My dad then came into the kitchen to get his cup of tea when he instantly asked what was wrong, I looked at my mum and she said, “It’s OK angel tell him.” I blurted out the same sentence: “I have a girlfriend”. My dad’s reaction was “so what” as he threw his arms around me.  We group hugged, I was crying uncontrollably at this point. It’s very difficult to put into words that feeling at that moment, it was such a surreal experience. My entire life I had internalised my feelings and suppressed any ideas that coming out was ever going to be OK. And yet here I was being hugged and comforted by the most important people in my life.

It was pretty overwhelming not just for me but also for my parents. We sat around and talked at the table and my mum had said that she had an idea about me being gay but never wanted to force me to “come out”. For my siblings and my closest friends it was completely out of the blue I spent so much time away and on the road in the states that keeping my sexuality under wraps was so much easier. But I was so fortunate that everybody was extremely supportive I cherish having such amazing people in my world.
I think one of the things that were hardest for my parents was that they could see how much this “secret” had affected me. For me, at that moment the burden of years was lifted but I don’t think I could ever fully appreciate what it must have been like for my parents. I often wonder about their conversations that night when they lay in bed. It’s one my biggest regrets actually not giving them more time to ask questions. The next morning I was on the red-eye back to New York and as always my dad dropped me at the airport like he had done every time for the last 14 years. The hug my dad gave me outside the car at drop off was one of the warmest and special moments of my life.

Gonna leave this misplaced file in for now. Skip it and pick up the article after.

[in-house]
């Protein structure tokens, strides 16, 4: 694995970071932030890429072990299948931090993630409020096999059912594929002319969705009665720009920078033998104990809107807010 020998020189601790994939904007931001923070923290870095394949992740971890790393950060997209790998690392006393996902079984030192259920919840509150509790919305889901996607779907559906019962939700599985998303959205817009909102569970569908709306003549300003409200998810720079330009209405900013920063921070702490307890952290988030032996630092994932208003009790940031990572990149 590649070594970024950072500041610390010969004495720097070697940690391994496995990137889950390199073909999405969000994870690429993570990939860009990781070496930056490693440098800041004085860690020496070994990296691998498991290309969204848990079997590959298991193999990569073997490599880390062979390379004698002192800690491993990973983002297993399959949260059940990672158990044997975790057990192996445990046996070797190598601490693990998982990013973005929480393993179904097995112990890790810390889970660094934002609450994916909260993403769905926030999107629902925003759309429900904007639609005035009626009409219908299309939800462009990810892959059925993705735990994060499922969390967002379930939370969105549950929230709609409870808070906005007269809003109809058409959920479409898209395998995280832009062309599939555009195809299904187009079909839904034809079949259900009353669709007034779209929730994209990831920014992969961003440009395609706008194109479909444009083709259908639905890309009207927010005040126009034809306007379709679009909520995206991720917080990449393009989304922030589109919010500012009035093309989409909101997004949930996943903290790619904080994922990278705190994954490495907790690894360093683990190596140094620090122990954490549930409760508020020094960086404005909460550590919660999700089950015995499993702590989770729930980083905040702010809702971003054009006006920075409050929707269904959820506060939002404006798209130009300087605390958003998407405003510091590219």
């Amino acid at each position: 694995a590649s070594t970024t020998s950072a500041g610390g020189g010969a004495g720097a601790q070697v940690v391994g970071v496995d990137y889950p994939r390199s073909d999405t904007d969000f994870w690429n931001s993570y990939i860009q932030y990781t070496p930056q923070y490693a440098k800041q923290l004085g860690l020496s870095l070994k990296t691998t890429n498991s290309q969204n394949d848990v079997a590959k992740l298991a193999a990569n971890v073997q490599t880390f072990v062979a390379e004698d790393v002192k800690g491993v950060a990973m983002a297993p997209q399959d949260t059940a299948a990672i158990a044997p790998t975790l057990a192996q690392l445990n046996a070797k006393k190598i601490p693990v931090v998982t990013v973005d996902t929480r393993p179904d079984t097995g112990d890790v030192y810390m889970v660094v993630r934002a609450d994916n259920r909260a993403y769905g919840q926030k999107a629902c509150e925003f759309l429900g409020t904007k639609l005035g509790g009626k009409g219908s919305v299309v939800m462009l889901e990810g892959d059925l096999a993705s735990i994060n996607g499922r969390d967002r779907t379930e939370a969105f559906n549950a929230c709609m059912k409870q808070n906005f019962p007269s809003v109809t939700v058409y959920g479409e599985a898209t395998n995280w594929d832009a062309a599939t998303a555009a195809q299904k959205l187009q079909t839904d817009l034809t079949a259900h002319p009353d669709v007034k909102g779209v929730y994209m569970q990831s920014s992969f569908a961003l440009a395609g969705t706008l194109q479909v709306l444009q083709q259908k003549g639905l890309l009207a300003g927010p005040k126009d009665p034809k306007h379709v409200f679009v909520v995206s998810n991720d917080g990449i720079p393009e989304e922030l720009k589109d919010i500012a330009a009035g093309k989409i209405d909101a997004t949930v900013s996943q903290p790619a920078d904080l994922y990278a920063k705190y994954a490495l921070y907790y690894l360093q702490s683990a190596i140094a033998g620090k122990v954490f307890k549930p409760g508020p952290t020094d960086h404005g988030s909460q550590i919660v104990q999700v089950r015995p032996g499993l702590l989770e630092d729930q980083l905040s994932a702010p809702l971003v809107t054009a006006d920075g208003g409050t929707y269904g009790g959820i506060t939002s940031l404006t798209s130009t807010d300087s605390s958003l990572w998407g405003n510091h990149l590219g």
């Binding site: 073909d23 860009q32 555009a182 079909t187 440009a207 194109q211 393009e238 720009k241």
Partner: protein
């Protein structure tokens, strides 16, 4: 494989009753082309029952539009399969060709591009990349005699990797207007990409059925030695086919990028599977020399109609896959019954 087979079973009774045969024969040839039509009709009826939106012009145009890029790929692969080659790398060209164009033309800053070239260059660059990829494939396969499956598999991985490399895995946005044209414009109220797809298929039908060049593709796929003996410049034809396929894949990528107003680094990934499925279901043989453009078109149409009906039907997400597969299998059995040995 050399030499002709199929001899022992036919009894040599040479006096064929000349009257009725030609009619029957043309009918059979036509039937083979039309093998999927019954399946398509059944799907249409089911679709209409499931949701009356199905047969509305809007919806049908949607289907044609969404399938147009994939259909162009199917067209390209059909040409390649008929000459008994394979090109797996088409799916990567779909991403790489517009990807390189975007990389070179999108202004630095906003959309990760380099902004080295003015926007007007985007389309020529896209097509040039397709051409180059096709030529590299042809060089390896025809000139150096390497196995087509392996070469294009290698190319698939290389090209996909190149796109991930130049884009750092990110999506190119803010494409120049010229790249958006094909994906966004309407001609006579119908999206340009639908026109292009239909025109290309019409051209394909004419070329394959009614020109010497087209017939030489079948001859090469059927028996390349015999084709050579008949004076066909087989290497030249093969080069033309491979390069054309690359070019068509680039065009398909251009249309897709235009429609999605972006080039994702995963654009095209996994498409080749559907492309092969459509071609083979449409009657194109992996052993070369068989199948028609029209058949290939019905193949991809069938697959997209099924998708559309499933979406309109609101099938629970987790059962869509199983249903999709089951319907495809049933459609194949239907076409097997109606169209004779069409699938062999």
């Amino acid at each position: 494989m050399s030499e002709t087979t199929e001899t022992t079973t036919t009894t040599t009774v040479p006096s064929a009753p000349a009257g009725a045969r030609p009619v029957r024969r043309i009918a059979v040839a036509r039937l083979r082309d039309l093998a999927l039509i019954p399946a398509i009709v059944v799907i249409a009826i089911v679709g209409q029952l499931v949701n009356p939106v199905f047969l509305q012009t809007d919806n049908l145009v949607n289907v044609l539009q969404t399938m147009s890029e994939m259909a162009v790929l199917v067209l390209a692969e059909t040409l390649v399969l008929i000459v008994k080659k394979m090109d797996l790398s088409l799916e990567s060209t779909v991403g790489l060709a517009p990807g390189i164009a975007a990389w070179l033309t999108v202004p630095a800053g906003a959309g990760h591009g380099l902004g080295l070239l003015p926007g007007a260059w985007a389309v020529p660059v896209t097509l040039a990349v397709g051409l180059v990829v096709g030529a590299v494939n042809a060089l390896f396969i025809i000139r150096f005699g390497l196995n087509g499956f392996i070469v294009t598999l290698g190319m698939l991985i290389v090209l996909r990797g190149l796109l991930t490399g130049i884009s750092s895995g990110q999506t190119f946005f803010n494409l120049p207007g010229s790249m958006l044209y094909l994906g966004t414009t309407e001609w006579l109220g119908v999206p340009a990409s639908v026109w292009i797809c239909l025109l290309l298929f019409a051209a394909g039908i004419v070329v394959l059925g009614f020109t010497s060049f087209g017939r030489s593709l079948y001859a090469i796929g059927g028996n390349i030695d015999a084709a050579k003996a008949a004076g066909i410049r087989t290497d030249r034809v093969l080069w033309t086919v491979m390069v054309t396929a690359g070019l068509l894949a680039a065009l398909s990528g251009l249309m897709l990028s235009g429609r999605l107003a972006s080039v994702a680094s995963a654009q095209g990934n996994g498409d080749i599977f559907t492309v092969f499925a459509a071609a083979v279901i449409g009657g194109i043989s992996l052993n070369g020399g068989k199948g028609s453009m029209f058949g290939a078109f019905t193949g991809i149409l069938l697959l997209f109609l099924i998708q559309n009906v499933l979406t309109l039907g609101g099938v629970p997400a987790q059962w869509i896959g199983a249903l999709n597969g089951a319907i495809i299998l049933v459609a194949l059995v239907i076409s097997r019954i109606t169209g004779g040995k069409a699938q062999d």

It’s not that I didn’t want to give my parents the opportunity to ask questions, it’s just that I never thought about what it must have been like in their shoes at that time. I think it’s hard for parents, I really do but for me personally, it was like: “It’s out now” and processing that in itself was a challenge. The flight back to New York seemed like an eternity, I sat by the window and replayed the conversation over and over, it was still very raw and at times throughout the flight, I again couldn’t stop the tears. I remember my mum asking me if being gay was the reason for me leaving Ireland.
It wasn’t, my main reasoning for leaving home was to go abroad and challenge myself and to build a career in TV. However, now looking back subconsciously there was a factor of my sexuality that played in me going. There was an ocean in between for safety so being “outed” wasn’t a worry.
I got back to New York it was back to work and although I had come out to my family I wasn’t ready to come out at work.
My reasoning for this was pretty much fear, it was ingrained over the years. My career was so important to me, I had worked extremely hard to get there and I didn’t want anything to get in the way of that especially my sexuality. This fear stemmed from one of the many experiences I had it was a comment that was made in the early years when I was working on a production. There was a female who I was working for and she was very high up in the media world and she was extraordinarily talented in her field. I was part of an all-male crew and they had just finished a meeting and post that meeting there were comments like “ she is so cold, she has to be a lesbian” and “ total dyke acting like a man” these words never left me. This is one of the occasions that I saw how the perception of lesbian was negative. There were many comments over time where I knew it was easier to play it straight. All these factors pushed me further down the rabbit hole. I was set on silencing thoughts and emotions in order to continue to be successful.